Is it winner winner, chicken dinner for Japfa?
CGS-CIMB Research is keeping its “add” recommendation on Japfa with a target price of 81 cents, as analyst Tay Wee Kuang expects earnings pressure to ease in the near term amid consumption recovery.
“We believe that in tandem with the more extensive economic reopening in Indonesia and Vietnam, JAP’s key operating regions for animal proteins, consumption patterns have improved in the second quarter, especially given the stable broiler prices in Indonesia, and swine prices in Vietnam after an early Lebaran and Tet, respectively,” says Tay, referring to the two major holidays in Indonesia and Vietnam.
However, the analyst notices some weakness for prices of day-old chicks (DOCs) coming off the Lebaran festivities in Indonesia which could affect broiler prices in 3QFY2022 ending September.
In China, prices of raw milk have gradually trended downwards, but consumption is likely to remain resilient despite lockdowns in cities such as Shanghai and Beijing as dairy product is considered a consumer staple.
The analyst also thinks that the stabilising prices for the group’s raw feed materials, such as soybean meal and corn, also suggests better cost pass-through that would help alleviate some of the pressure on its profitability over the past three quarters.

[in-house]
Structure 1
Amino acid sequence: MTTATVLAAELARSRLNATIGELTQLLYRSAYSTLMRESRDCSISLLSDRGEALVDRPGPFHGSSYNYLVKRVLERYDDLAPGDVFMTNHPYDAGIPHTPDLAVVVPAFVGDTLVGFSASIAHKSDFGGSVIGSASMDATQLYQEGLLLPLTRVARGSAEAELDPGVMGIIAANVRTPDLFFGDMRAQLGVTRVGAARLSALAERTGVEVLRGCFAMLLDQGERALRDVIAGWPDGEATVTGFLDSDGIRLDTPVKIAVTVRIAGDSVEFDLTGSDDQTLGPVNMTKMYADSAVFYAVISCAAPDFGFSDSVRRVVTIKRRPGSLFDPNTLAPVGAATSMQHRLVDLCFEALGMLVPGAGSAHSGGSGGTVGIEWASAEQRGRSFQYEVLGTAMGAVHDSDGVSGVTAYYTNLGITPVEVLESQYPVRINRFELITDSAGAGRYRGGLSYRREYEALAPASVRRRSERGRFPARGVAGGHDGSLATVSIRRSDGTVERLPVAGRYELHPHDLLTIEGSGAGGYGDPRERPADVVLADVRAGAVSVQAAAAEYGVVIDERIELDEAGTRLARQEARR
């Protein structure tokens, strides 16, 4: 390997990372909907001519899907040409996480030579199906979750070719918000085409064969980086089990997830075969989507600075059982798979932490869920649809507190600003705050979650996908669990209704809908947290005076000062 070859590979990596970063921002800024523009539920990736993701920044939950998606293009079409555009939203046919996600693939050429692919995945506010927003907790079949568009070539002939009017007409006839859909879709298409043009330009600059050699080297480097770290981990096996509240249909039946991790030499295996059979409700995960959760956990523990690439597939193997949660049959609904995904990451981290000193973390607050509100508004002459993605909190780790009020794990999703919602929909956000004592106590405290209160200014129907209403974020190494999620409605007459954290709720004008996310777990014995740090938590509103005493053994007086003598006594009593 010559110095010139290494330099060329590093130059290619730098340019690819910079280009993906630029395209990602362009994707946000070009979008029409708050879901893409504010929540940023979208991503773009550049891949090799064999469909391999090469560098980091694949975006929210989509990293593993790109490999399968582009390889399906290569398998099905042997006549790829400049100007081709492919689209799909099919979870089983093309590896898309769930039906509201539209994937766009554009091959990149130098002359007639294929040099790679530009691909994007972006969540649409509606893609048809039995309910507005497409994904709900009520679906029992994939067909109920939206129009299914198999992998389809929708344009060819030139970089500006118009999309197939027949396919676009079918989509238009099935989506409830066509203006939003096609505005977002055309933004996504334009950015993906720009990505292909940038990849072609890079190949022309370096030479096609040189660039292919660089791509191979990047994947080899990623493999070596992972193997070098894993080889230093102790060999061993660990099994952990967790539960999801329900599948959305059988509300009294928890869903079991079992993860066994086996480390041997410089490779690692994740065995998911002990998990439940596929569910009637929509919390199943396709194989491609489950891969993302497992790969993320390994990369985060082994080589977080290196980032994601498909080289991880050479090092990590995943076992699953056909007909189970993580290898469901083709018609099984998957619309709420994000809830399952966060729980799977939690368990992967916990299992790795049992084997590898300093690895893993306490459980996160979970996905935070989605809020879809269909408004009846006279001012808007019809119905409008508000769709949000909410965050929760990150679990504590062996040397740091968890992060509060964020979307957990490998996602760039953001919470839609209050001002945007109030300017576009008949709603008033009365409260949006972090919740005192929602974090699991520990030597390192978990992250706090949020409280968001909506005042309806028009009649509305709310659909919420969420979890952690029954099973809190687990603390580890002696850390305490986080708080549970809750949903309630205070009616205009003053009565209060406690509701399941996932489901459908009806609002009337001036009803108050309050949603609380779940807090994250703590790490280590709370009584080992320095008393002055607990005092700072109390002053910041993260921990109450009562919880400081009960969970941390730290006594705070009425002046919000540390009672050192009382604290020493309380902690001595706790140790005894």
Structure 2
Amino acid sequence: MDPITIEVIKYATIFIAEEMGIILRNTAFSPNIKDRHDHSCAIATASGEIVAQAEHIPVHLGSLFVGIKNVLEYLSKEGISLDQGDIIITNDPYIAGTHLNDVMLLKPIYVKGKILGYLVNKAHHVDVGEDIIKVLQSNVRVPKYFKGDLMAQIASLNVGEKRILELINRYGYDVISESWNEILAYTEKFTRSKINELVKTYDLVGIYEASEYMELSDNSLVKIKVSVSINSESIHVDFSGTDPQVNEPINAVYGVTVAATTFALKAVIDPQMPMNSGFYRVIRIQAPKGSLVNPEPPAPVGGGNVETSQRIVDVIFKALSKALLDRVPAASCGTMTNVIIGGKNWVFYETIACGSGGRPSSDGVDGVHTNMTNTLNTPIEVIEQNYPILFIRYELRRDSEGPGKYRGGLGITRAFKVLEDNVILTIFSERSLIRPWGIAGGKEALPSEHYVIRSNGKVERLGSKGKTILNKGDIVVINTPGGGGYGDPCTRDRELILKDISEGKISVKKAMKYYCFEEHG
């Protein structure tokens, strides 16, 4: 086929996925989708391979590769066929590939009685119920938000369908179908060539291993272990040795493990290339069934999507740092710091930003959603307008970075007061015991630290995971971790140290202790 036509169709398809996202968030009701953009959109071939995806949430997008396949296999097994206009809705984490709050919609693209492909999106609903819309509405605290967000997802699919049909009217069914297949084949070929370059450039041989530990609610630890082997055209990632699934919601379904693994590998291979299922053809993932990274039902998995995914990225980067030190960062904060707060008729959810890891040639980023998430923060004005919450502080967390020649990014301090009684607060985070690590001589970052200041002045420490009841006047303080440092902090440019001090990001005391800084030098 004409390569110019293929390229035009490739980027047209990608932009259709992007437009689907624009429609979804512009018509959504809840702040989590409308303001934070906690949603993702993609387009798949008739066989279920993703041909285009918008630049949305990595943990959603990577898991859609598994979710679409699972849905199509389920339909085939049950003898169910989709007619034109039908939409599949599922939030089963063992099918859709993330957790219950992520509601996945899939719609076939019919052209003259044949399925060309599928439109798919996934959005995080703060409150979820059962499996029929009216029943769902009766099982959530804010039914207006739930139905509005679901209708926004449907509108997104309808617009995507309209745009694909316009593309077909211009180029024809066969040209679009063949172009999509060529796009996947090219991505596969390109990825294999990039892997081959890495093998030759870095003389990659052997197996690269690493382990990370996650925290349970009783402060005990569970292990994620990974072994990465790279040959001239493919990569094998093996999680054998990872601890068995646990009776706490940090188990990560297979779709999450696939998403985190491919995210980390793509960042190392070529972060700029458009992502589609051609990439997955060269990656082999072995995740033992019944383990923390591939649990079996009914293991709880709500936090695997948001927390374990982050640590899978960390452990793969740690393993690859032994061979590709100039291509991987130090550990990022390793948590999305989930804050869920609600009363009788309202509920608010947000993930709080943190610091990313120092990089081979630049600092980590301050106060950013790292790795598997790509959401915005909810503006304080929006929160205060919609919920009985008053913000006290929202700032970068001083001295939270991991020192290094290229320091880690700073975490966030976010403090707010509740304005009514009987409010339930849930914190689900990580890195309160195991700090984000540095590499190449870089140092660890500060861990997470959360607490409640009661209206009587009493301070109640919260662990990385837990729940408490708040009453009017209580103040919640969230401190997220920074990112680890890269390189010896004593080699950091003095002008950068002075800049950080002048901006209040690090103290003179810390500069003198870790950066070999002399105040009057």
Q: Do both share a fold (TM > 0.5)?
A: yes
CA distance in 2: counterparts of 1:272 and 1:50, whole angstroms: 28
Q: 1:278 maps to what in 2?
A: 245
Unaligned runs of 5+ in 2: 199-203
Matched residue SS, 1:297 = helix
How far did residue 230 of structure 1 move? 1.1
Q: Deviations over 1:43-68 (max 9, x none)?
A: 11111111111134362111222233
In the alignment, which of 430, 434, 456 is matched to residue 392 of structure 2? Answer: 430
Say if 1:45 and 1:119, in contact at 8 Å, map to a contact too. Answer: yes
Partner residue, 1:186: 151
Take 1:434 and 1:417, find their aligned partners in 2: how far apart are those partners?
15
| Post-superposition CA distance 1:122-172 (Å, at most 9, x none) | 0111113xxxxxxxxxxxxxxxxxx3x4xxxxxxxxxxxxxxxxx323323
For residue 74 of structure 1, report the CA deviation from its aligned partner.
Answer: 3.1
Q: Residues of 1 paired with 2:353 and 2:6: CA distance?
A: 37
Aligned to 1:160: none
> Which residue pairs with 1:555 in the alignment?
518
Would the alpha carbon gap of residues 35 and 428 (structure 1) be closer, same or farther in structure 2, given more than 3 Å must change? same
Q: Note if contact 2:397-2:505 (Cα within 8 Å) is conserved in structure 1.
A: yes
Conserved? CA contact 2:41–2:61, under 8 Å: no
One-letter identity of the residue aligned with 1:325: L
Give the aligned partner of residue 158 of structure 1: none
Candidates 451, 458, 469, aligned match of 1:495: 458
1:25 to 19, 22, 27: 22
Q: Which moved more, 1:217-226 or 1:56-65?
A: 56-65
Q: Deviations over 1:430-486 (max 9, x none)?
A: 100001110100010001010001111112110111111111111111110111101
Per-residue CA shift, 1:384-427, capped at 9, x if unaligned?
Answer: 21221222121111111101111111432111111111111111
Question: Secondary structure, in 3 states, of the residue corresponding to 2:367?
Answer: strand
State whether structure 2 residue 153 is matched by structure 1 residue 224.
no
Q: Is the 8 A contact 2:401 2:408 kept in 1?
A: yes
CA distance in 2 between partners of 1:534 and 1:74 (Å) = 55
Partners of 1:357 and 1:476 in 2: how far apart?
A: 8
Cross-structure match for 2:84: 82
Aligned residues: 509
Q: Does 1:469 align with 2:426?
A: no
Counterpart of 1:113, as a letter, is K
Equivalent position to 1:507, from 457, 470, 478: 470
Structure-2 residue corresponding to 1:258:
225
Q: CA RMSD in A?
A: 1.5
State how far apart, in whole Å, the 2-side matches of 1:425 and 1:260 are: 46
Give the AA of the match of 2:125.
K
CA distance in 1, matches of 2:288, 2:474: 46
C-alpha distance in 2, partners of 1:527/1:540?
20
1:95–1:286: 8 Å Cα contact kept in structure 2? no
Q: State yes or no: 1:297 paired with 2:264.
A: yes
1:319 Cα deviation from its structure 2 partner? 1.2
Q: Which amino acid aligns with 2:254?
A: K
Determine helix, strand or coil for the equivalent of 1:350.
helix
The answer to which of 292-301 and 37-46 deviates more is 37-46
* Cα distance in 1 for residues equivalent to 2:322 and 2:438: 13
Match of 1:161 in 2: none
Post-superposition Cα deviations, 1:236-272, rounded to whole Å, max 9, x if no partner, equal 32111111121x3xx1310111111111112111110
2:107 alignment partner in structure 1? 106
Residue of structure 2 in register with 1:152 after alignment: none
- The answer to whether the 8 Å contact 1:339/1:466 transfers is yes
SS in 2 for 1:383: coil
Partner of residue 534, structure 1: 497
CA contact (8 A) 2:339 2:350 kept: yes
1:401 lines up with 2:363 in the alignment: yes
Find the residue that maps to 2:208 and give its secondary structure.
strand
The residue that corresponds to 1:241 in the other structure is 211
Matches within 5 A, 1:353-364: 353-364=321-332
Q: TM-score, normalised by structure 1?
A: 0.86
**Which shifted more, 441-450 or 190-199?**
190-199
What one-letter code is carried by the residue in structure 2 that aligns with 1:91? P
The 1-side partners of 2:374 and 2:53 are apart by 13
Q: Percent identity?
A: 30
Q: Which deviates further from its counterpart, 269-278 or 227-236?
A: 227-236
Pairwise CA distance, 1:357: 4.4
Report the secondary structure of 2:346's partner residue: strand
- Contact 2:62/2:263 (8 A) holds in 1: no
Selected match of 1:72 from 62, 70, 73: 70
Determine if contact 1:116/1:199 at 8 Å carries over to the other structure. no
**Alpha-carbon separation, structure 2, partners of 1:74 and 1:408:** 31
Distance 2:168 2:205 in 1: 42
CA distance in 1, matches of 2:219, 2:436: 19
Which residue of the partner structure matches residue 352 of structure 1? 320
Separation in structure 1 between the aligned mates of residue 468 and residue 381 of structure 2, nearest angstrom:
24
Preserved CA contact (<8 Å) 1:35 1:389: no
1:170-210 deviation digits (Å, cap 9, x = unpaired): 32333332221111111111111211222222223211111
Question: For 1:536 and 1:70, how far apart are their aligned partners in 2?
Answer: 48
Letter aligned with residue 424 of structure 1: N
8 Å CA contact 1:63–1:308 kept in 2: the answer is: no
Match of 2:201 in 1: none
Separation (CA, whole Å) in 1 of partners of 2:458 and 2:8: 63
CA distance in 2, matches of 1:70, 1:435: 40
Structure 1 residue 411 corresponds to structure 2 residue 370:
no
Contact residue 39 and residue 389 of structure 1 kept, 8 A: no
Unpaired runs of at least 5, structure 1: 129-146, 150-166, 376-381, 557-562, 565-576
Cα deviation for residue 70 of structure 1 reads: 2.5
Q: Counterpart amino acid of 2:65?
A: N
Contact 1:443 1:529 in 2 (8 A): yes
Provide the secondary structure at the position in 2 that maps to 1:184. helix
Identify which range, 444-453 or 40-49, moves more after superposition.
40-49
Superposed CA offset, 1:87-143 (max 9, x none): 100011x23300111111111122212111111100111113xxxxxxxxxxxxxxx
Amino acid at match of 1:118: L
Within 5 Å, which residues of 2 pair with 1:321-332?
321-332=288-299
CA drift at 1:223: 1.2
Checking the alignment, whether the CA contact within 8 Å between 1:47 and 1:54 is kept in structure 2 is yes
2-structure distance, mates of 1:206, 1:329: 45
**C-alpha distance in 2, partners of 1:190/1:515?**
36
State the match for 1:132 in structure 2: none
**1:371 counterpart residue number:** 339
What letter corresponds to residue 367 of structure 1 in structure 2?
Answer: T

Meanwhile, Japfa could potentially see an uptake in business exporting poultry to Singapore as Malaysia implemented a poultry export ban and only recently lifted the ban but is reducing imports to one-third of Singapore’s monthly imports.
Singapore has since entered talks with the Indonesian authorities to explore options to import chicken from Indonesia.
In a media interview with a local Mandarin newspaper, Japfa’s CEO Tan Yong Nang disclosed that he had have talks with Singapore authorities in the past for Japfa to export chicken to Singapore without success, but Malaysia’s current poultry export ban could hopefully help push discussions through.
Singapore’s monthly shortage of chicken supply as a result of Malaysia’s export ban is equivalent to about 7% of the group’s average monthly production volume in FY2021.
“We think that as Japfa is the second-largest poultry producer in Indonesia, it could be a key beneficiary if the Singapore Food Agency (SFA) strikes a deal with the Indonesian government to export broilers to Singapore. Being a large industrial player, Japfa has the capability to increase its capacity to meet the demand requirements, while also benefitting from the economies of scale to provide cost efficient poultry options to Singapore, in our view,” says Tay.
Overall, the analyst believes that there is an underlying recovery in consumption patterns that will be supported by stabilising prices. Japfa had also shared plans to strengthen its capabilities by resuming expansionary capex that will allow it to grow its presence across its operating markets.
As at 12.10pm, shares in Japfa are trading flat at 57 cents or 8.7x FY2022 P/E with a dividend yield of 3.6%.
Photo: Samuel Isaac Chua/ The Edge Singapore